This capture of an intimate moment between father and son is not a perfect photograph.
I took this photo late in the evening in a dimly lit street cafe. It was a difficult situation to focus in as there was just not enough light. Aiming and shooting quickly the auto focus did lock on the contrast rich edge of the toy tiger in front of the two main subjects of the photograph, resulting in their faces being thrown out of focus due to the long focal length and the wide open aperture of f/5.6 at the far end of my zoom range.
I took only this one shot, as a second later they changed their posture and that intimate moment was lost.
Missing the focus makes this technically a failed image. Is it a failed image? I think it is not. A photograph needs to have heart and soul, needs to carry a story. It’s contents over form. A technically flawless photo isn’t any good if it’s missing heart and soul. If you study the work of the masters of Street Photography like Henri Cartier-Bresson or Elliot Erwitt, you find many of their great photography are technically imperfect images. But they carry a strong story.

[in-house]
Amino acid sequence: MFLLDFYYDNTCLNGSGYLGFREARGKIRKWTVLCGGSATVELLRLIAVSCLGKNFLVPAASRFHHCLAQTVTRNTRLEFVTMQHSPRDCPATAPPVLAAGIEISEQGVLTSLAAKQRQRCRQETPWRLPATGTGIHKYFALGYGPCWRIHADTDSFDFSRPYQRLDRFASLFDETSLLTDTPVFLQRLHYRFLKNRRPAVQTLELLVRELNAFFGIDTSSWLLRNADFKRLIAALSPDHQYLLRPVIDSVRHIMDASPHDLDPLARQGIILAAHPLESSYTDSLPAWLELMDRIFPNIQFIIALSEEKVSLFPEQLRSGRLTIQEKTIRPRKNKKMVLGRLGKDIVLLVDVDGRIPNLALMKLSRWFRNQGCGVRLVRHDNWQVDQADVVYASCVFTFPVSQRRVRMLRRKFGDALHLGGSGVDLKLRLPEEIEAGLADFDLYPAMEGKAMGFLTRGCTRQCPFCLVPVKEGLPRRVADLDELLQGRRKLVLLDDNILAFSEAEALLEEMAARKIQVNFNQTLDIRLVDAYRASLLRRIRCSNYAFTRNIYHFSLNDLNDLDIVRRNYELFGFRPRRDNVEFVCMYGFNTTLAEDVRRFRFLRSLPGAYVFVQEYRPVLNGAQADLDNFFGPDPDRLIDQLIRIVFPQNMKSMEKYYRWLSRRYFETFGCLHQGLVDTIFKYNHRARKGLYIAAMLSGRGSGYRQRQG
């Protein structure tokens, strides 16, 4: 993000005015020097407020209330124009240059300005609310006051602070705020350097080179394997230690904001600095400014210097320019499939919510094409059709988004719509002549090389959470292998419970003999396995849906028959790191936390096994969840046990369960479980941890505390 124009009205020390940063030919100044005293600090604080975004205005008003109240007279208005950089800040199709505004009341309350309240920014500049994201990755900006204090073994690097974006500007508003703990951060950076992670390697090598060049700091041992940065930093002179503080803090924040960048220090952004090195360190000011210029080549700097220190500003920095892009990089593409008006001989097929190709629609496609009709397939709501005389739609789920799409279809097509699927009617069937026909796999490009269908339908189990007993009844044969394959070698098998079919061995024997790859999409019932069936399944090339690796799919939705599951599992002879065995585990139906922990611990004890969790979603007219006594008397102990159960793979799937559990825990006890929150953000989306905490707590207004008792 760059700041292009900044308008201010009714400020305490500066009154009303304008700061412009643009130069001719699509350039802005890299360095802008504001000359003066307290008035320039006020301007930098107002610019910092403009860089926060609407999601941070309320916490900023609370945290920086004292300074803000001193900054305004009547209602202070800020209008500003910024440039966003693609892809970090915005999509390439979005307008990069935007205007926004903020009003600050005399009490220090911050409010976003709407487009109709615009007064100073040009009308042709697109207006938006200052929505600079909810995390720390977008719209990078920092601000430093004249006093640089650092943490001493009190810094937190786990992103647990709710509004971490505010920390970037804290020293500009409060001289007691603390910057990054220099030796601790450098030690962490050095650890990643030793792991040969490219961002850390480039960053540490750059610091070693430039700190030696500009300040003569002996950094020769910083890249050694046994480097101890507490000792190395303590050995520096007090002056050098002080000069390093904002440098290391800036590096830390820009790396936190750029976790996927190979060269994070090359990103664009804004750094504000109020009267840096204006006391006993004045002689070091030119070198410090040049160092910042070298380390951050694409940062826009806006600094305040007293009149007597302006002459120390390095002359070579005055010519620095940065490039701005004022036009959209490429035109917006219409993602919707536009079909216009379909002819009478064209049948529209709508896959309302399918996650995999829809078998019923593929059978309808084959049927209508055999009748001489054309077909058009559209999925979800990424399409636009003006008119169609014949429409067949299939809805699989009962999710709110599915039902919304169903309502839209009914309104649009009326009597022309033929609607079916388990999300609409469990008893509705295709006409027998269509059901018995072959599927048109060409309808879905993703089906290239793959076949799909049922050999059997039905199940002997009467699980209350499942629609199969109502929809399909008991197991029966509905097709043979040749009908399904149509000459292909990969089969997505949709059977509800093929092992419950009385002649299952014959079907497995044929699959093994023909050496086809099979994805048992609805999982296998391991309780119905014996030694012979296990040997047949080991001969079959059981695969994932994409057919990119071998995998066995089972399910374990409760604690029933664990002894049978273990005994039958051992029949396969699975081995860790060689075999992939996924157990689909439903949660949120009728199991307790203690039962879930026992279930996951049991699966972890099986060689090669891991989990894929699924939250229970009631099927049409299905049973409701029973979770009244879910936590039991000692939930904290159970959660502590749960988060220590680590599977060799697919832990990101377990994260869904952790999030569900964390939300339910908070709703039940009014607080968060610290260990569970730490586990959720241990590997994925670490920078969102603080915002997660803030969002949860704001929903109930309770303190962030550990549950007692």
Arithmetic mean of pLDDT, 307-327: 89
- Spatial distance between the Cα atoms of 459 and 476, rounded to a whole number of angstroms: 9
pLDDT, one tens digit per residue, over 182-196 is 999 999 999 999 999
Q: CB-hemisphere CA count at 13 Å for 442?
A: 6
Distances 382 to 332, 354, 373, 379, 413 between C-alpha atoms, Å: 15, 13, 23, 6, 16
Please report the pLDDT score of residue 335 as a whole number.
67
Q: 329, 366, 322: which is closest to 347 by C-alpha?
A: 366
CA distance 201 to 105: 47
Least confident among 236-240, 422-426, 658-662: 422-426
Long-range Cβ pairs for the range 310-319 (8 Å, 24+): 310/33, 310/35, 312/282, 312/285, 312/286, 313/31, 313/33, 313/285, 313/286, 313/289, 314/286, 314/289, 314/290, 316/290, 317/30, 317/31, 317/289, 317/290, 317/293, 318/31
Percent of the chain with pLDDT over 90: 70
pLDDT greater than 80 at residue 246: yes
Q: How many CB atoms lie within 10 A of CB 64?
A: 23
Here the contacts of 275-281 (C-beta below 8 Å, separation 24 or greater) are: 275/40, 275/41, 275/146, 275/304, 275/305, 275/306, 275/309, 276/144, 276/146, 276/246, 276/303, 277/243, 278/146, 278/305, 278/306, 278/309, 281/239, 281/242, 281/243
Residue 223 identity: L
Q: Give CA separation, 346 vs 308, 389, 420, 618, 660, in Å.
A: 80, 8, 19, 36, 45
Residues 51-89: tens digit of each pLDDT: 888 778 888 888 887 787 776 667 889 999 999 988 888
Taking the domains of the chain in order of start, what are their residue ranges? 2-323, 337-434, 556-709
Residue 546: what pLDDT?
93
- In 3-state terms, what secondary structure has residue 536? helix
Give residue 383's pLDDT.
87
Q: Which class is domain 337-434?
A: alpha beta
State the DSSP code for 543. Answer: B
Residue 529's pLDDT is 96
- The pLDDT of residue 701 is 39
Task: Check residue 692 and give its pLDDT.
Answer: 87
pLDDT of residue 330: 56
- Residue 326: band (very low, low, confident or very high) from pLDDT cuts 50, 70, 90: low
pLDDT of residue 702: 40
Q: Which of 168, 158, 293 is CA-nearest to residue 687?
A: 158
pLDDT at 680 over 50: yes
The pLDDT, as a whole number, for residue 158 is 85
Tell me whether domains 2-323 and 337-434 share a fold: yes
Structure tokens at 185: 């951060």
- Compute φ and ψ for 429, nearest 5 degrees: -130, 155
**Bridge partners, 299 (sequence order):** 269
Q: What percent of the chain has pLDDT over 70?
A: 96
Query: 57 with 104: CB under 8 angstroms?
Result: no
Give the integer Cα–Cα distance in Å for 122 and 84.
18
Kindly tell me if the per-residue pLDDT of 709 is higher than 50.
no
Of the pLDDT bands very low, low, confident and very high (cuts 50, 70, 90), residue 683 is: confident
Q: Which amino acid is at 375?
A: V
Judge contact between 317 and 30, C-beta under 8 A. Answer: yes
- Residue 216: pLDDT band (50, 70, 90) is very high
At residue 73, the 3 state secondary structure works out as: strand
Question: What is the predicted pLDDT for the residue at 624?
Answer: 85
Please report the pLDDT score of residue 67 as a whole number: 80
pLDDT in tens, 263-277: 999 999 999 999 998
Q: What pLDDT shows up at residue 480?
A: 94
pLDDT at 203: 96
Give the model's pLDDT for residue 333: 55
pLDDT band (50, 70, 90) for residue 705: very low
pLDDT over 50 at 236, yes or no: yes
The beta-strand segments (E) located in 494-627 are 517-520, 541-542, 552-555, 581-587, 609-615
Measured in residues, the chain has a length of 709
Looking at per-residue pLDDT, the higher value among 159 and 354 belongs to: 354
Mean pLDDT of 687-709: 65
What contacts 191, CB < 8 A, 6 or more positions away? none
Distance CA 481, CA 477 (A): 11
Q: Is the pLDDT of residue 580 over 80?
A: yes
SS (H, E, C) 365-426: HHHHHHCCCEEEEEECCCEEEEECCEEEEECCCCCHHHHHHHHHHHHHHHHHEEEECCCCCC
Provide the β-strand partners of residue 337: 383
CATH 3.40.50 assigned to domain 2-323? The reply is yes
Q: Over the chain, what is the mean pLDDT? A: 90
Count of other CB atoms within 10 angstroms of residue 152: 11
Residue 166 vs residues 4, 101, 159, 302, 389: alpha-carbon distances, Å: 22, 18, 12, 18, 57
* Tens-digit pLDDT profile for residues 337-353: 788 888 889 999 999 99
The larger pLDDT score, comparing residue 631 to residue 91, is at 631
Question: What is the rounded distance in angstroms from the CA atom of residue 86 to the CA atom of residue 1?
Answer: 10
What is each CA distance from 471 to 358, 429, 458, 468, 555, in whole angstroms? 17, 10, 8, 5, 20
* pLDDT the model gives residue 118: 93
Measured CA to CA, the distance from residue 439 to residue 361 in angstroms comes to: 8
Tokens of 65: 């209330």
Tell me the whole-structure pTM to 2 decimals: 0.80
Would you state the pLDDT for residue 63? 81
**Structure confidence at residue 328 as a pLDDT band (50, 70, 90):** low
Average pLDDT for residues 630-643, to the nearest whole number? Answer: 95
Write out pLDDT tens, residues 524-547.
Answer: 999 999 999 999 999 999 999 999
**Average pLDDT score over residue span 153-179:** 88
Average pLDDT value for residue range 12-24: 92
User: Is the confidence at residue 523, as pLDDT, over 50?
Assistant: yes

So my advice is press the shutter when you see something that touches your heart and your emotions and worry about the settings later. Having perfect settings or a perfect focus doesn’t help you when the moment is lost.
The photo was taken with my OM-D E-M1 and the mZuiko 14-150mm F/4.0-5.6 travel zoom, image specs are 1/13 sec @ f/5,6 and ISO 1600, 120mm focal length.
Let me know your thoughts in the comment section.
Have a great Wednesday!
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Today I want to share this portrait out of my archives, again from the Streets of Chennai, India. The lady just had treated herself to a coconut to quench her thirst on this very hot and humid afternoon. Beats a Coke, doesn’t it?
Image taken with a Canon Powershot G11, specs are 1/160 sec @ f/4,5 and ISO 200. As usual when on the streets I shot in P-Mode.